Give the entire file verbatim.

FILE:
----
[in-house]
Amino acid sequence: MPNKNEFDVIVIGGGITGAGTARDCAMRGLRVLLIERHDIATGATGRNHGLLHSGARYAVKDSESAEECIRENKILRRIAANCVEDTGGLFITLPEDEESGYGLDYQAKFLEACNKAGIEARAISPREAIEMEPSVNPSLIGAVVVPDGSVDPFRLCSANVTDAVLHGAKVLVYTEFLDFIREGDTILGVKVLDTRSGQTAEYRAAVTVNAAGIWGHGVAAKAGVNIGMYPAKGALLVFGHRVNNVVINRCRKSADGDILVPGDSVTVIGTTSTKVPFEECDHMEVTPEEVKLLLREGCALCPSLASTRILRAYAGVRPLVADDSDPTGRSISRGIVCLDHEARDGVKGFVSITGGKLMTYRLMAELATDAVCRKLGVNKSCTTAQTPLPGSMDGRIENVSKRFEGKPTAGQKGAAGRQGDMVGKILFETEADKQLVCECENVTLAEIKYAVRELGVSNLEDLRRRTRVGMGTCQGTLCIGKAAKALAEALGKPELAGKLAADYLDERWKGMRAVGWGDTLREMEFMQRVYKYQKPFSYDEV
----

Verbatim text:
[in-house]
Amino acid sequence: MPNKNEFDVIVIGGGITGAGTARDCAMRGLRVLLIERHDIATGATGRNHGLLHSGARYAVKDSESAEECIRENKILRRIAANCVEDTGGLFITLPEDEESGYGLDYQAKFLEACNKAGIEARAISPREAIEMEPSVNPSLIGAVVVPDGSVDPFRLCSANVTDAVLHGAKVLVYTEFLDFIREGDTILGVKVLDTRSGQTAEYRAAVTVNAAGIWGHGVAAKAGVNIGMYPAKGALLVFGHRVNNVVINRCRKSADGDILVPGDSVTVIGTTSTKVPFEECDHMEVTPEEVKLLLREGCALCPSLASTRILRAYAGVRPLVADDSDPTGRSISRGIVCLDHEARDGVKGFVSITGGKLMTYRLMAELATDAVCRKLGVNKSCTTAQTPLPGSMDGRIENVSKRFEGKPTAGQKGAAGRQGDMVGKILFETEADKQLVCECENVTLAEIKYAVRELGVSNLEDLRRRTRVGMGTCQGTLCIGKAAKALAEALGKPELAGKLAADYLDERWKGMRAVGWGDTLREMEFMQRVYKYQKPFSYDEV